The visit signals strengthening ties between the U.S. and Japan as the Biden administration seeks to distance itself from U.S. reliance on China.
“This will be our first in-person visit from a foreign leader in the Biden-Harris administration, reflecting the importance we place on our bilateral relationship with Japan and our friendship and partnership with the Japanese people,” White House press secretary Jen Psaki told reporters Friday.
Biden and Suga are expected to discuss ramping up a new trade alliance to bolster semiconductor production, according to Nikkei Asia, a financial publication based in Japan. The importance of possible arrangement comes in the wake of a worldwide chip shortage currently wreaking havoc on automobile and consumer electronic manufacturers.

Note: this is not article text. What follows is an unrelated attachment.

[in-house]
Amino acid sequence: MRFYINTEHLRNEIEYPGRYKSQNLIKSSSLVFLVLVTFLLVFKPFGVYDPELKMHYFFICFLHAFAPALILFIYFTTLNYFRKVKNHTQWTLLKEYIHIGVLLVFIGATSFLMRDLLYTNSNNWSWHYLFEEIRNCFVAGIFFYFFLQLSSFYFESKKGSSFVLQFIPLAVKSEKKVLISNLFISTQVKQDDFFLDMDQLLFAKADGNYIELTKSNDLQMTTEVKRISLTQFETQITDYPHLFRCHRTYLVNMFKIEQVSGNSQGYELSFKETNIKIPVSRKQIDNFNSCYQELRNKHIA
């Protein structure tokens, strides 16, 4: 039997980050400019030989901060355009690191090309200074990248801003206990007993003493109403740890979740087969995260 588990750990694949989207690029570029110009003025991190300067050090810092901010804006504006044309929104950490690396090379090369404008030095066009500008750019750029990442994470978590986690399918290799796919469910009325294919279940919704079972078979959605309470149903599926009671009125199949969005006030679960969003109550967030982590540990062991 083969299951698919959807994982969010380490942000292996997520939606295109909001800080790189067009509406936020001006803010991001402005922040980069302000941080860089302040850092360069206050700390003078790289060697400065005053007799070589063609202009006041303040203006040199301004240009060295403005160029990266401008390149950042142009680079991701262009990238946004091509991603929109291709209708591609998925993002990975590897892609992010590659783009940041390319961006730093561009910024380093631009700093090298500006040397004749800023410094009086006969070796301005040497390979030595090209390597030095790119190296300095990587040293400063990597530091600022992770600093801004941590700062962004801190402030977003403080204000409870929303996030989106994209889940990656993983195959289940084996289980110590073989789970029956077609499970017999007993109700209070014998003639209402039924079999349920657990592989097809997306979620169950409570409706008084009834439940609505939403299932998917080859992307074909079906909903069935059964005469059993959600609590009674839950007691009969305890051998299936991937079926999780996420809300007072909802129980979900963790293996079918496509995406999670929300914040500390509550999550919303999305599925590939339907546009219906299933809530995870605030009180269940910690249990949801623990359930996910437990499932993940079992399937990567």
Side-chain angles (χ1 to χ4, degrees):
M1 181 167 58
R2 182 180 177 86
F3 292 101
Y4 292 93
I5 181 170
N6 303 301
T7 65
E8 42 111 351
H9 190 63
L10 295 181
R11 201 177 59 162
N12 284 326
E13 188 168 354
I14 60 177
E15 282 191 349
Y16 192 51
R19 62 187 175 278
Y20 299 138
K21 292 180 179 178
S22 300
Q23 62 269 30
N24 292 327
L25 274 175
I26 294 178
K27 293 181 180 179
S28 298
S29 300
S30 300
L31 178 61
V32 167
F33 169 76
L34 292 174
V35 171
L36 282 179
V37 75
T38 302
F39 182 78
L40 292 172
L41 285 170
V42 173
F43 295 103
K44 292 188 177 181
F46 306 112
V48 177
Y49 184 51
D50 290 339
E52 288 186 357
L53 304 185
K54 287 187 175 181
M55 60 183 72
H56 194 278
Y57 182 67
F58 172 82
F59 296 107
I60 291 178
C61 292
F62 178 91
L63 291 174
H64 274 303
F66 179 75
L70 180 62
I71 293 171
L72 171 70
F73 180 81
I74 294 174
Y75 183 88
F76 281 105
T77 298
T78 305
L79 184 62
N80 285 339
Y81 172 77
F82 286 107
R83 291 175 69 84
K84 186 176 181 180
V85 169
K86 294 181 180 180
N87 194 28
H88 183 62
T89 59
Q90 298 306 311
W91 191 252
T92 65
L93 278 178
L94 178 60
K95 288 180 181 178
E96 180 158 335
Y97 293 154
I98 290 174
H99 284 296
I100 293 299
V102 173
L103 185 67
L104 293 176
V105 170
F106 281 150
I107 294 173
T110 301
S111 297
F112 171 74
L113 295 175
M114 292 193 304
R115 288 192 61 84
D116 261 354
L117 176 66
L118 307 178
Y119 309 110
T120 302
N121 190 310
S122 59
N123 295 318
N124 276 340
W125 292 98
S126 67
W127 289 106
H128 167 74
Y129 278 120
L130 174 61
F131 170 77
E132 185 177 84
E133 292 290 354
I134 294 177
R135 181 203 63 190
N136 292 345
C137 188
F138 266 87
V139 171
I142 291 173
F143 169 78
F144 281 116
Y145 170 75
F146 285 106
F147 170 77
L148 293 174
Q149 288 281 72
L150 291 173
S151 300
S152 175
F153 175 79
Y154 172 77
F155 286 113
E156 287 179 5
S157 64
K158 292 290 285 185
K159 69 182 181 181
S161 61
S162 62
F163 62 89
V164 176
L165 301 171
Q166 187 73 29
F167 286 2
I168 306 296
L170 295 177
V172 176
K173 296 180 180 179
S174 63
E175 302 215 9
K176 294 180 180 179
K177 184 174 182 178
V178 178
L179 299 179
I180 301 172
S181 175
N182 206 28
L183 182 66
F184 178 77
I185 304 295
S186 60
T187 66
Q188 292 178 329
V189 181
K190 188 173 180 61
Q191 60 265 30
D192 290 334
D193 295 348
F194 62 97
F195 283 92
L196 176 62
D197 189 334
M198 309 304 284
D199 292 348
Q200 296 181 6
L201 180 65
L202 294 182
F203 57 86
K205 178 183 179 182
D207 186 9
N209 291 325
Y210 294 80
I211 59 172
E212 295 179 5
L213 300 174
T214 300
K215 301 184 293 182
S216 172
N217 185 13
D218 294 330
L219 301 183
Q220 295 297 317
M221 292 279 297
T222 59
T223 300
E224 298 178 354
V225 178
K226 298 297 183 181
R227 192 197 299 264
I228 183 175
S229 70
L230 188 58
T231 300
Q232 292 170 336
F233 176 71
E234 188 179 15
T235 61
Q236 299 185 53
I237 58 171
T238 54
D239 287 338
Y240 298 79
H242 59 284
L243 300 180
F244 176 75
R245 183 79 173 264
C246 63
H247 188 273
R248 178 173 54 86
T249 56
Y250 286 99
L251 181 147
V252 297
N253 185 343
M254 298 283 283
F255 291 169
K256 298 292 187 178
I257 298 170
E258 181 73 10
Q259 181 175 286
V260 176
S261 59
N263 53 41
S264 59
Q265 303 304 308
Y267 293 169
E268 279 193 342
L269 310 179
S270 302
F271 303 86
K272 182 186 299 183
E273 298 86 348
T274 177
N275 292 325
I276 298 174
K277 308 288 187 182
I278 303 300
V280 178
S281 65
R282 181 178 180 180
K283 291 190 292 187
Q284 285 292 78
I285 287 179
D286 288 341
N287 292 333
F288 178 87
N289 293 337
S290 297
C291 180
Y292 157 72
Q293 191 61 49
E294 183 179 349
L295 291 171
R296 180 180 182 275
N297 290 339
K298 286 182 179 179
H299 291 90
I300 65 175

The new supply chain would ensure U.S. and Japanese independence from vulnerable regions like Taiwan and unreliable partnerships with China — whose trade war with the U.S. coupled with the coronavirus pandemic has led to the crippling chip shortages.
Psaki said the White House would be reviewing “immediate actions we can take” including “improving the physical production of those items in the U.S.”
The U.S. and Japan are expected to establish a joint research commission to establish how to divide up tasks in the newly formed trade alliance, as well as to mitigate risks in the supply chain, reported the Japanese financial outlet.
The U.S.’s share of semiconductor production has fallen in the global market from 37% in 1990 to just 12% in 2020, according to the Semiconductor Industry Association.
China’s semiconductor production is reportedly expected to increase from 12% in 2020 to 24% by 2030.
Fox News could not immediately reach the White House for comment on the Japan-U.S. semiconductor alliance.
Suzanne O’Halloran contributed to this report.